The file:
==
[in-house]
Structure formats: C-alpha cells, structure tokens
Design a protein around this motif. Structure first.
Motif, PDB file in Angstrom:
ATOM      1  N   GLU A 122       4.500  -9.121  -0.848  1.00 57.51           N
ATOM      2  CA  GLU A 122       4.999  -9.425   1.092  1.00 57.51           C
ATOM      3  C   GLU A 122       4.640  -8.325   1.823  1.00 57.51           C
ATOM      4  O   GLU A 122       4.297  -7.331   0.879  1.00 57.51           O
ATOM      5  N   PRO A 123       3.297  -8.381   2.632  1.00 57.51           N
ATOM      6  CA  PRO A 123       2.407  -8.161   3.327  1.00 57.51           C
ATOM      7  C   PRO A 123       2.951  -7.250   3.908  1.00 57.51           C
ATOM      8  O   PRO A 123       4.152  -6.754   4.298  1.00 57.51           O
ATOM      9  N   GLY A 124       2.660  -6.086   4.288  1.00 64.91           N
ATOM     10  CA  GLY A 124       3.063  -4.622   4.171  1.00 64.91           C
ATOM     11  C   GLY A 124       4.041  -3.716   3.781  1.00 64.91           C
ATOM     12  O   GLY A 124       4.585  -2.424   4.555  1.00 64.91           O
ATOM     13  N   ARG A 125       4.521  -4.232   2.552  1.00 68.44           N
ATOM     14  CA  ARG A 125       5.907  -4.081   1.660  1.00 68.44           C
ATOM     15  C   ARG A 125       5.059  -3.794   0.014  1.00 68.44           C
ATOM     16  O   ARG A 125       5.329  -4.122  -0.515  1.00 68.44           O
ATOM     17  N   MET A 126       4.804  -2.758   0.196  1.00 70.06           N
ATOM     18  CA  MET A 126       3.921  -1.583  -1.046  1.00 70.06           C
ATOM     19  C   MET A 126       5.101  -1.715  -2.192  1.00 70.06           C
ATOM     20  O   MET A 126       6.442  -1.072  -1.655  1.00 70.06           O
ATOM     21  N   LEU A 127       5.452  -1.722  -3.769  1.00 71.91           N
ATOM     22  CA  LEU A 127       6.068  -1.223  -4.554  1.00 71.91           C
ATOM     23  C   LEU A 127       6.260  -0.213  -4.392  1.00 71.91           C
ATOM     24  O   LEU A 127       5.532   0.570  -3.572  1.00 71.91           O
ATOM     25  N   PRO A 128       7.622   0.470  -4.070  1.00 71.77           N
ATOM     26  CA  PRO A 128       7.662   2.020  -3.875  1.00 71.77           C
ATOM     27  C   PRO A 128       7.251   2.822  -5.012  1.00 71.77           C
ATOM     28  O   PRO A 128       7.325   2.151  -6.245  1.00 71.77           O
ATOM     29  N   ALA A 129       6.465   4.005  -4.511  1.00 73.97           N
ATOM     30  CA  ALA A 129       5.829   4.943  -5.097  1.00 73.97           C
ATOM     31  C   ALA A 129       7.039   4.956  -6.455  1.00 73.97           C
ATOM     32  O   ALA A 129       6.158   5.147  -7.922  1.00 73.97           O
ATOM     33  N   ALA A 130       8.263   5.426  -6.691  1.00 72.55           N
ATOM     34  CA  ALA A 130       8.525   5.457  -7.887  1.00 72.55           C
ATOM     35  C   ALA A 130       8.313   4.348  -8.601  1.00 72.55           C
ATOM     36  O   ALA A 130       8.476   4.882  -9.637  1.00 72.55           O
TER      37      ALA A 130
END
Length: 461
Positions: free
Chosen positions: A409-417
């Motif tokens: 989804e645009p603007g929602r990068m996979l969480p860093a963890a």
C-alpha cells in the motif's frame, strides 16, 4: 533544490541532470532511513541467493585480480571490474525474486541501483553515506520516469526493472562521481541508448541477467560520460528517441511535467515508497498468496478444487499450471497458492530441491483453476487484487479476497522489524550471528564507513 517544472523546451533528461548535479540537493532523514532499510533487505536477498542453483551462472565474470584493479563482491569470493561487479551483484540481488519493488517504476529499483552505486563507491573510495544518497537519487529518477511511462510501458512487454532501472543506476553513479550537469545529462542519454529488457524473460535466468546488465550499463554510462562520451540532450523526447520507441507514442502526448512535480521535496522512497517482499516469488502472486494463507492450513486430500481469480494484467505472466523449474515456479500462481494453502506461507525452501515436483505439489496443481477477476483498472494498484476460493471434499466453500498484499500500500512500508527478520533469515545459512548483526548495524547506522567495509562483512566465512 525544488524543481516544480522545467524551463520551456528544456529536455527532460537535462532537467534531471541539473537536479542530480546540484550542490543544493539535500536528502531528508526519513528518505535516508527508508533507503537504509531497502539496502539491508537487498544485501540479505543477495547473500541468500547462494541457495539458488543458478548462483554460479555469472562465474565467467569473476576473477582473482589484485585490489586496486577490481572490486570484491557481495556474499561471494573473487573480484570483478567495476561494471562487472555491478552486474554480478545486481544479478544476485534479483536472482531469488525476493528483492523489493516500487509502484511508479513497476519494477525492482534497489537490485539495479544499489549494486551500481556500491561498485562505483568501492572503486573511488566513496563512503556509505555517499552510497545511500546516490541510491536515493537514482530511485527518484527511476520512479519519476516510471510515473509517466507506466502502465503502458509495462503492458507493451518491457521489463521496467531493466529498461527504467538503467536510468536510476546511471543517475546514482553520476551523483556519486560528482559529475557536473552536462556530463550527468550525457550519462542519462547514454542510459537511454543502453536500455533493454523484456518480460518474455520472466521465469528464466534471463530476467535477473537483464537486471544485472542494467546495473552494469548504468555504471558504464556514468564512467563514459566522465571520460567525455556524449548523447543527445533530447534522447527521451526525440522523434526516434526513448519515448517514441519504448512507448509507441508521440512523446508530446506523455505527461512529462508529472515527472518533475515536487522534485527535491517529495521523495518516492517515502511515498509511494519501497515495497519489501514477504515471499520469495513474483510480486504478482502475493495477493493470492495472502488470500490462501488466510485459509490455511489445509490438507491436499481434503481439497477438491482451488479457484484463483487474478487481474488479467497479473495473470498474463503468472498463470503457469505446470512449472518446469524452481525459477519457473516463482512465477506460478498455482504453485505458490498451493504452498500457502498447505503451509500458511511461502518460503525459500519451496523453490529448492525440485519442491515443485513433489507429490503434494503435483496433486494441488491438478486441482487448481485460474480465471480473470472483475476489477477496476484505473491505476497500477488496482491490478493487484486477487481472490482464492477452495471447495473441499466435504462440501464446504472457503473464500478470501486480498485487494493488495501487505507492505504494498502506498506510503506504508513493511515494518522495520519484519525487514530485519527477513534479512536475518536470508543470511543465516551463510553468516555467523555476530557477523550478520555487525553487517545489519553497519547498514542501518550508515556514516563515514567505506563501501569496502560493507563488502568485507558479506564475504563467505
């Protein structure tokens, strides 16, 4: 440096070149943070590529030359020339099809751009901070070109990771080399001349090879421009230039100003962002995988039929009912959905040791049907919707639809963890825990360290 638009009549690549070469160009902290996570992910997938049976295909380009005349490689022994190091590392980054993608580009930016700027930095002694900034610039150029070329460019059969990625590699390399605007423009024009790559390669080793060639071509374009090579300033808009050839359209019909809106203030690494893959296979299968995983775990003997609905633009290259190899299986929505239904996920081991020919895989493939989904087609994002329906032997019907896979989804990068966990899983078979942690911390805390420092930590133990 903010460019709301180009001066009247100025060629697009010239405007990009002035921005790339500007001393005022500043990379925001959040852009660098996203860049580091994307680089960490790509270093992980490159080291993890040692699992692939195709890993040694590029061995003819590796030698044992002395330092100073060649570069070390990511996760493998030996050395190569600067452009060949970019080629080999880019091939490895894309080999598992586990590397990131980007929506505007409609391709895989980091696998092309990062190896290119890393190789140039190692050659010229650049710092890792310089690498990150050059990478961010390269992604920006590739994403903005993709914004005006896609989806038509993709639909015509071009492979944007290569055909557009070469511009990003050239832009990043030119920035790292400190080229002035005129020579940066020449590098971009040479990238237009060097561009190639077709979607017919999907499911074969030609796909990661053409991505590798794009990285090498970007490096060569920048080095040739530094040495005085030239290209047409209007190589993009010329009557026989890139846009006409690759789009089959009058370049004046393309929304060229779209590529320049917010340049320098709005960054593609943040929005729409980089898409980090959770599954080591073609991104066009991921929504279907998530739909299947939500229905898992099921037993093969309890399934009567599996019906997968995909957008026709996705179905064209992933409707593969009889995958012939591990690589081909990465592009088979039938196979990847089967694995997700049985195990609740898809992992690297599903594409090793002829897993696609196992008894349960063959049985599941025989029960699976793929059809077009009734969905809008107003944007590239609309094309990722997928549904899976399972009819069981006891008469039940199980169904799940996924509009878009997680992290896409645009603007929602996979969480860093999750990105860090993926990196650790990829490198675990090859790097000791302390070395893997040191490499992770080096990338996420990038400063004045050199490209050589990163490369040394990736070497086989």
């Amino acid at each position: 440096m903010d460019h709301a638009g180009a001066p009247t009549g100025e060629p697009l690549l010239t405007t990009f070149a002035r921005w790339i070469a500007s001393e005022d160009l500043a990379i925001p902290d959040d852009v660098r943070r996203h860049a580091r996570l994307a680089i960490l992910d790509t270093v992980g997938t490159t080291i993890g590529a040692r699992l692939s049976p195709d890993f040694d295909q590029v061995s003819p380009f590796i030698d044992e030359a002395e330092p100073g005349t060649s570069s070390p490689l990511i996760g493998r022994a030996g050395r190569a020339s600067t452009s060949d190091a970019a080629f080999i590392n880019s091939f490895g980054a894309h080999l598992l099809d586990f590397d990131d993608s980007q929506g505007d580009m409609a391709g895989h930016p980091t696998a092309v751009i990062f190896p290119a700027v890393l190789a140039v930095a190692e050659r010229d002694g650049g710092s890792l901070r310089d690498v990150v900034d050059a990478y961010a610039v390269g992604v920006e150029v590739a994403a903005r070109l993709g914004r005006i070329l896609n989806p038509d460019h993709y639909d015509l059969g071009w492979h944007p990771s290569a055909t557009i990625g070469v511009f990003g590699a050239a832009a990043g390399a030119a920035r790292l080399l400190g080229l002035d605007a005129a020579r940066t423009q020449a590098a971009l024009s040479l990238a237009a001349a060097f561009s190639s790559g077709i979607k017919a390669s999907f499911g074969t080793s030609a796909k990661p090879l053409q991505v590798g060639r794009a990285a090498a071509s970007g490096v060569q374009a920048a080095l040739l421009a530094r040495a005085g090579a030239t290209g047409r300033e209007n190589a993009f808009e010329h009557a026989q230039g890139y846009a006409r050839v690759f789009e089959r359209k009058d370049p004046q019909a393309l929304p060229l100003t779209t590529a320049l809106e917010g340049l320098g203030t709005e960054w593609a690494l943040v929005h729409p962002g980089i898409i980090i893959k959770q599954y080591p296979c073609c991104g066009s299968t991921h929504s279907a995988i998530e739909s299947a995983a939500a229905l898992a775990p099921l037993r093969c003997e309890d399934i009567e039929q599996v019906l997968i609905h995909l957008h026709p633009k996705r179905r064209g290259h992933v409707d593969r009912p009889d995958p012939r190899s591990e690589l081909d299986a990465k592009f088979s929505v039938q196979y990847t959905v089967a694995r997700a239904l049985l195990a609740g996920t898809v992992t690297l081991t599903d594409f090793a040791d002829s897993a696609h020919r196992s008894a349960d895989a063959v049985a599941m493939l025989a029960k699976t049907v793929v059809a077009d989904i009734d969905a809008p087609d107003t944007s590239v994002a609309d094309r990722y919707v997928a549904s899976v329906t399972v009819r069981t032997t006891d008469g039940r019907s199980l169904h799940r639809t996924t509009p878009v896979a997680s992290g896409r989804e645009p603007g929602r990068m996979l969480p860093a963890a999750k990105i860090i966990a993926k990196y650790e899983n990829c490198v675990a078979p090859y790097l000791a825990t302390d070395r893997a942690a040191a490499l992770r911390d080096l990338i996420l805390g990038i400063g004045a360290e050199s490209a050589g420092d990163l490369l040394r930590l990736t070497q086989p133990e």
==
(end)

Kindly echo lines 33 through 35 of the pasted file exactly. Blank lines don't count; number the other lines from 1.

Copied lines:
ATOM     29  N   ALA A 129       6.465   4.005  -4.511  1.00 73.97           N
ATOM     30  CA  ALA A 129       5.829   4.943  -5.097  1.00 73.97           C
ATOM     31  C   ALA A 129       7.039   4.956  -6.455  1.00 73.97           C